My floor. I'm in another bar – this one shows a pine forest out of the window. There's a couple of cowboys slugging it out. I sit down, assuming I just sit there. Wrong again. Slowly it dawns that you can move – and go anywhere you like. I can leave the bar, walk into the pine forest. It's like realising the fur coats in the cupboard keep going back until you're in Narnia. There's churches, hotels, a town, diners, secret lonely places. The characters travel through the show, sometimes separating making us choose who to follow. Mephistopheles is a good bet as he's loud and interesting, but as it turns out, the quieter characters leading their quiet lives around the tragic story of Faust are often more interesting – and you witness them alone. You're often alone in Punchdrunk shows. The goose bumps go up on my arms thinking about it. It's dream logic. What you lose in coherence you gain in visceral experience. The best dreams aren't often the ones that are easily analysed. 

3) Dark Vanilla Jungle by Philip Ridley. Directed by David Mercatali (2014) 

This was a one woman show with no set and if I remember rightly just a couple of lighting changes. It's a 70 minute monologue. Not an easy sell.  

Gemma Whelan playing Andrea was this powerhouse of stamina and vulnerability. It's pitch black, real, harrowing – god, so harrowing – that I felt shell shocked after watching it. People often talk about actors 'going there' - and I'm with David Mamet on this. He says sometimes audiences aren't moved, they're moved by their capacity to be moved. 'That's very powerful acting' you might say, wiping a tear and being impressed. There's nothing wrong with that – if I can get to that I'd be pretty chuffed, but with this show Gemma Whelan really did go there. It was like we saw her heart get cracked open like an egg through what happens to her in the play. At times, she could hardly get the words out fast enough. As she took her bow I wondered if she was alright. It was courageous and alive. I don't mean to, but it's subliminally become the barometer that I judge one person shows with. It turns out that the real thing – real drama – isn't about posturing and being impressive, it's about being vulnerable and open. It was magnificent.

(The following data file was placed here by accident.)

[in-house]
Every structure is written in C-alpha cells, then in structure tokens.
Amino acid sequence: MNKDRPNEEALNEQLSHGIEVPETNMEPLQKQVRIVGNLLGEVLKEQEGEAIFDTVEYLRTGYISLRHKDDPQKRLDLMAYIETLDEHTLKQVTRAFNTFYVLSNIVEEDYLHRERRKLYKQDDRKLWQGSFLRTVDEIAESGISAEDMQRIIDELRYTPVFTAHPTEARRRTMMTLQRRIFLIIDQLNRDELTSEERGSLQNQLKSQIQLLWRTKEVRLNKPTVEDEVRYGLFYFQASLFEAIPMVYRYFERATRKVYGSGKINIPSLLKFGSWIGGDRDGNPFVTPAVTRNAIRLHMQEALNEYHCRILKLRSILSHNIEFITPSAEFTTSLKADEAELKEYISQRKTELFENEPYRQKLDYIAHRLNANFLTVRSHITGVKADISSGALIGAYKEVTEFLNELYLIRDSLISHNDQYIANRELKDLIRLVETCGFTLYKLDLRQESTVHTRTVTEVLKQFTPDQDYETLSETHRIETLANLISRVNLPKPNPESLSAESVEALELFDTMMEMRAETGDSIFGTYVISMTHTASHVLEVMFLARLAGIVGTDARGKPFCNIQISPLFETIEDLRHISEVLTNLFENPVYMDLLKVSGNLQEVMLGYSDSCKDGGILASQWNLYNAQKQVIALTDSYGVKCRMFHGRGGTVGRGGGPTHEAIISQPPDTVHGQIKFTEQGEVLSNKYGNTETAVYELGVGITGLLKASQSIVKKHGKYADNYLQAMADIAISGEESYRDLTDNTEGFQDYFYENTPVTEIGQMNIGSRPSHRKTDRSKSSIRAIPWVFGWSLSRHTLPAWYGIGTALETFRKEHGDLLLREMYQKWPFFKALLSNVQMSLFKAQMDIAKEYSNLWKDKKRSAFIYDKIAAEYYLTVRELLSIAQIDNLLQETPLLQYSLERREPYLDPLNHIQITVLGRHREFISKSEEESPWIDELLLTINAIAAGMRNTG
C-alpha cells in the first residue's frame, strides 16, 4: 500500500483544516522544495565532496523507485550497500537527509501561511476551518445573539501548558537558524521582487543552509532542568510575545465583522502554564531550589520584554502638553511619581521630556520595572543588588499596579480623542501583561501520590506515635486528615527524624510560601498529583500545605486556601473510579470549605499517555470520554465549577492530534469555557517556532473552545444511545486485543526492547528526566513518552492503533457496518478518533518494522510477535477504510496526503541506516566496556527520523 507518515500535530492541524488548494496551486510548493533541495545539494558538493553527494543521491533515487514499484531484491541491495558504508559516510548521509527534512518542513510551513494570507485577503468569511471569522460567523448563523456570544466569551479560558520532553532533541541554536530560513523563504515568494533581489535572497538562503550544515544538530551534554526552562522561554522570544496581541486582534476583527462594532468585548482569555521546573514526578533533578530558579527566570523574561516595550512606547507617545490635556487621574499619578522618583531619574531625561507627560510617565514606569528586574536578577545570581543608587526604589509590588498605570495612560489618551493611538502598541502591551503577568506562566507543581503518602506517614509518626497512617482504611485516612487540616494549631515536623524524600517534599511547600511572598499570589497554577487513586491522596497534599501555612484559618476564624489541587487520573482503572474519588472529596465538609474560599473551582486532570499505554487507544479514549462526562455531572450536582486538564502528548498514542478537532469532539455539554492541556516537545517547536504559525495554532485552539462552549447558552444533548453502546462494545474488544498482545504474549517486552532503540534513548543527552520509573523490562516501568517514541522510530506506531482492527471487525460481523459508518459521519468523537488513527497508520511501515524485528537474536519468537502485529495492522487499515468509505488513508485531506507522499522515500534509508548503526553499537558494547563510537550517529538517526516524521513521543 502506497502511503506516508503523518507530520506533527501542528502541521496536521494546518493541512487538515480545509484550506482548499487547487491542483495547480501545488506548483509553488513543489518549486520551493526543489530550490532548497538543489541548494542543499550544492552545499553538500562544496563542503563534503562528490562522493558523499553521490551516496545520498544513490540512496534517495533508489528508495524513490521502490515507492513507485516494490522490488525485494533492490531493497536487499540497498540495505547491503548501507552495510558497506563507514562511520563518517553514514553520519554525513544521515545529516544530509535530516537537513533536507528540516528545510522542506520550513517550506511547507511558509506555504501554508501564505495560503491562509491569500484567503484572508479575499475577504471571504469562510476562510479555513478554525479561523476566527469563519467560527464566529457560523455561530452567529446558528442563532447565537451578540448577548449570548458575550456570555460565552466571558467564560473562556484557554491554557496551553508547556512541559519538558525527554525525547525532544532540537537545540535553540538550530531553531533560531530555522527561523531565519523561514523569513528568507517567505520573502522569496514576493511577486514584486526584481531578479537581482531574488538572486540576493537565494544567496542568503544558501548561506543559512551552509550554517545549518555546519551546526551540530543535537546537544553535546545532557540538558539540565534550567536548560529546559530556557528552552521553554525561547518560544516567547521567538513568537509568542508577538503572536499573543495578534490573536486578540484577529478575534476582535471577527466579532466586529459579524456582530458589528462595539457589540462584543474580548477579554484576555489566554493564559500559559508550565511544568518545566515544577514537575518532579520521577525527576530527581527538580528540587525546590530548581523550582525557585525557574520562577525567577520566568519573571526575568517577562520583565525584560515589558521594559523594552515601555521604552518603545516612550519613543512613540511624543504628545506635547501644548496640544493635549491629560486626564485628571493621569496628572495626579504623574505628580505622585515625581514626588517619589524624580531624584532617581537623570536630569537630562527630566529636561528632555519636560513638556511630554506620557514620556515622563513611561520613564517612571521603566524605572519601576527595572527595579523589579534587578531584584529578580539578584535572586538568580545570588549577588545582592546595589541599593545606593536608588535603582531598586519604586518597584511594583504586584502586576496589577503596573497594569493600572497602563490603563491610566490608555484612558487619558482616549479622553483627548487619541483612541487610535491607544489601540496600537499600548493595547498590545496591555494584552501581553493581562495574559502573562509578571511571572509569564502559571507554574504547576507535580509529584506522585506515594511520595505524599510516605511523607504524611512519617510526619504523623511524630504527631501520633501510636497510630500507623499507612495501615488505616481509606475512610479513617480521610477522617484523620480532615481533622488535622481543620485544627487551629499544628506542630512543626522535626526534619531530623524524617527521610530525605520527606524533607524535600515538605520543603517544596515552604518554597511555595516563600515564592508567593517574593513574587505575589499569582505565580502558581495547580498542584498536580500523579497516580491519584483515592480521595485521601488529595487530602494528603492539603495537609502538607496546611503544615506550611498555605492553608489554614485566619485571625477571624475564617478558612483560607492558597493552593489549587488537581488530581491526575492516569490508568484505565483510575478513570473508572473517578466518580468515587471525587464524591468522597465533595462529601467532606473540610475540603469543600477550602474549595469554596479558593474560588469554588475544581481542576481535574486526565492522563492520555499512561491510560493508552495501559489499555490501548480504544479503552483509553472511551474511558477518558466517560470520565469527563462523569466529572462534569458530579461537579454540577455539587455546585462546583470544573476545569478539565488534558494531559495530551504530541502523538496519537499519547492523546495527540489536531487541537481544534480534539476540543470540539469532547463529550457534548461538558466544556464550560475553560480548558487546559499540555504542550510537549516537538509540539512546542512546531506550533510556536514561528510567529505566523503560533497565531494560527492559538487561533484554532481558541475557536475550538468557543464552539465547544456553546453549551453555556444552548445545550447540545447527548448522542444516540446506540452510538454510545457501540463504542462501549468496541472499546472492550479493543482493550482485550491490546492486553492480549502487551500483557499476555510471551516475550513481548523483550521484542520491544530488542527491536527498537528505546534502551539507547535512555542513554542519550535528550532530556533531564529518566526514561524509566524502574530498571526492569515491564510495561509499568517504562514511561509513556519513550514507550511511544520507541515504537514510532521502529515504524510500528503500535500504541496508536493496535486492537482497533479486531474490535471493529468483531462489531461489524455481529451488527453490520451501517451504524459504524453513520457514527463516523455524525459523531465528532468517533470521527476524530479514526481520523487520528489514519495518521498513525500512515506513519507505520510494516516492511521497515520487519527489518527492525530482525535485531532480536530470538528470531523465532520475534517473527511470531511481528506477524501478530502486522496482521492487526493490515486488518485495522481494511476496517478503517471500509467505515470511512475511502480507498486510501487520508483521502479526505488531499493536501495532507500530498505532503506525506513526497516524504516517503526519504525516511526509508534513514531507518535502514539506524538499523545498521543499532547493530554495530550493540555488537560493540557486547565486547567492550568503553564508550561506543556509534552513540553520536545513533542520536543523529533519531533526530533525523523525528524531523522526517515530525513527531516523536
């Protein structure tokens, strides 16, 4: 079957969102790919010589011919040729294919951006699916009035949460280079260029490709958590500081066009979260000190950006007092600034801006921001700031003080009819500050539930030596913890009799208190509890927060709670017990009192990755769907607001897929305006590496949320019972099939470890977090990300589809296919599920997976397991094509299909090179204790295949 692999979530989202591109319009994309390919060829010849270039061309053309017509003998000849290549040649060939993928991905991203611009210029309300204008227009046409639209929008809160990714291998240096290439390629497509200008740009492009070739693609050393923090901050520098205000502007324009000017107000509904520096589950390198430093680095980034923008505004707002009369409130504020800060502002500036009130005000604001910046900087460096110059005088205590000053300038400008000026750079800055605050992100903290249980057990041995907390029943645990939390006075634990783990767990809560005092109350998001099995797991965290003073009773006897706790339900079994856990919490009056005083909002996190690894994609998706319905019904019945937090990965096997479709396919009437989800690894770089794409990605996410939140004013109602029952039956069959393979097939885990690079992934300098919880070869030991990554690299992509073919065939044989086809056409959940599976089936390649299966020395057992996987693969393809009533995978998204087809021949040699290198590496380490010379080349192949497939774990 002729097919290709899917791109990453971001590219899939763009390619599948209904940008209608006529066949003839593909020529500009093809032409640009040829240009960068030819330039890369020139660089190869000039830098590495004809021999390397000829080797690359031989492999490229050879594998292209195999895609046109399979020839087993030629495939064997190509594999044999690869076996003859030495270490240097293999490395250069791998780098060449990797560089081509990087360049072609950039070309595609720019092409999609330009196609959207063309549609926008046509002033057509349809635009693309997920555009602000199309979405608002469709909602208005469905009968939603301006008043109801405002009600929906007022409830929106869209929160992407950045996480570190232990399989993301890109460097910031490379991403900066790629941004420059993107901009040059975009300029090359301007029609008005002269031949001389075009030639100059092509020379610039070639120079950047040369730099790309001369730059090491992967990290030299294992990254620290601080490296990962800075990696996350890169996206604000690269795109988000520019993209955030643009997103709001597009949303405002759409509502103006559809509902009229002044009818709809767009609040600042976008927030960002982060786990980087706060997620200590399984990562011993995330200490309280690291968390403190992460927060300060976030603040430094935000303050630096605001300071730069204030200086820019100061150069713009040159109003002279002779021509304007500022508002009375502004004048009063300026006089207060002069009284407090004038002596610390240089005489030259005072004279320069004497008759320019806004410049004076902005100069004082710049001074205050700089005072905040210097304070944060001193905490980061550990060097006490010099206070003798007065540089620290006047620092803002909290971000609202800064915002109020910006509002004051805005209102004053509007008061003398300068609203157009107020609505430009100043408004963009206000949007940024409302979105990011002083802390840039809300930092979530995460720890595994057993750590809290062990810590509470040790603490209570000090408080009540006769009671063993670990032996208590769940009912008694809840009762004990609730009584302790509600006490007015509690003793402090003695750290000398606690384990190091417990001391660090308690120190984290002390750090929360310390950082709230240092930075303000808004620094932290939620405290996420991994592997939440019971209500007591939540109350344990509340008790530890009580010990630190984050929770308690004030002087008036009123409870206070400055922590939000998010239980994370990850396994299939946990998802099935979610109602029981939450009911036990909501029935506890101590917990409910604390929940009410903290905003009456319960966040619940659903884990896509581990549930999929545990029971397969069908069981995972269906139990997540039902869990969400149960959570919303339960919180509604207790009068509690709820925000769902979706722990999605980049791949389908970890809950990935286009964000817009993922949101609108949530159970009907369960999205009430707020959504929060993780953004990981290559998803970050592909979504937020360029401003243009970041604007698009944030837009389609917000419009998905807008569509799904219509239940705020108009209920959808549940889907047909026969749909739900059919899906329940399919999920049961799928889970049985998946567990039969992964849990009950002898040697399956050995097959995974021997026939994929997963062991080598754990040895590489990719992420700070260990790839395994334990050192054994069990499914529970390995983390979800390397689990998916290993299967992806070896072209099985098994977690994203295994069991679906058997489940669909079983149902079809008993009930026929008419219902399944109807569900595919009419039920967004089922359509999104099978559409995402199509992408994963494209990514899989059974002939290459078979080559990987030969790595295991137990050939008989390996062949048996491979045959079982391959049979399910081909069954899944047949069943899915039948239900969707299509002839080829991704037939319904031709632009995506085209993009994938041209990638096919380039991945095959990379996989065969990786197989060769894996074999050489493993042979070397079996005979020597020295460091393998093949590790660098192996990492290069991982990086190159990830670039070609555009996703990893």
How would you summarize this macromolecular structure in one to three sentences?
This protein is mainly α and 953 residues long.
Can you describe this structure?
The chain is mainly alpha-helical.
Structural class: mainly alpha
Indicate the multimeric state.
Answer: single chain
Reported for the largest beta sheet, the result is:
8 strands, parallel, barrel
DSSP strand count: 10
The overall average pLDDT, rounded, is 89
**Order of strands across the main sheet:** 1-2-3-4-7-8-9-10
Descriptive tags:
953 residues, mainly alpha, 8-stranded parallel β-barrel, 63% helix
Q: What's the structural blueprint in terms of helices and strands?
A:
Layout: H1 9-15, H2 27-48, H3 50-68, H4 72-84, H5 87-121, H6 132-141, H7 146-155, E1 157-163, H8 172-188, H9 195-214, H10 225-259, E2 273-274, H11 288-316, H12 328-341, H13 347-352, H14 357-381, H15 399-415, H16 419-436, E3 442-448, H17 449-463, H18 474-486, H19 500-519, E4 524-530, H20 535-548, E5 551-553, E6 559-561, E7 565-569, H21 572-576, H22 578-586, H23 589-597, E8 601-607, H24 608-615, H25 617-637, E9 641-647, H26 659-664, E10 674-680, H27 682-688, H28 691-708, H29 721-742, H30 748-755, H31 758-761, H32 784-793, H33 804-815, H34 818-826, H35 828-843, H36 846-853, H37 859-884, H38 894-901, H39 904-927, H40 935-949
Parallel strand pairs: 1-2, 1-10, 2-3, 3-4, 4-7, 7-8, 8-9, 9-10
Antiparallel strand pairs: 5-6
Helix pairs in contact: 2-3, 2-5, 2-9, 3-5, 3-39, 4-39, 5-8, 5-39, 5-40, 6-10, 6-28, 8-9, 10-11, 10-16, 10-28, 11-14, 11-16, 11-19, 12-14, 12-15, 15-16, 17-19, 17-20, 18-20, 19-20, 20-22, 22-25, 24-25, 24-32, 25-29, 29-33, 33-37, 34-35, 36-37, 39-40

Too many other shows to list here which could easily take up one of these places. Journey's End, Every Brilliant Thing, Red, Cargo, Ghost Stories, All My Sons, Harry Potter and the Cursed Child, Road, The Ferryman, Hamlet (Simon Russell Beale), A Christmas Carol, Bound, Wet House... but for today anyway, this would be my favourite three. 

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Pavements by Ben Mars

They say pavements are the memories of mountains, 

Flattened and forgotten. 
Walking on the cracks, will still bring you bad luck. 

Trampled by old feet, young feet and dog feet. 

But beyond the sodium lights,
Above the orange spirals,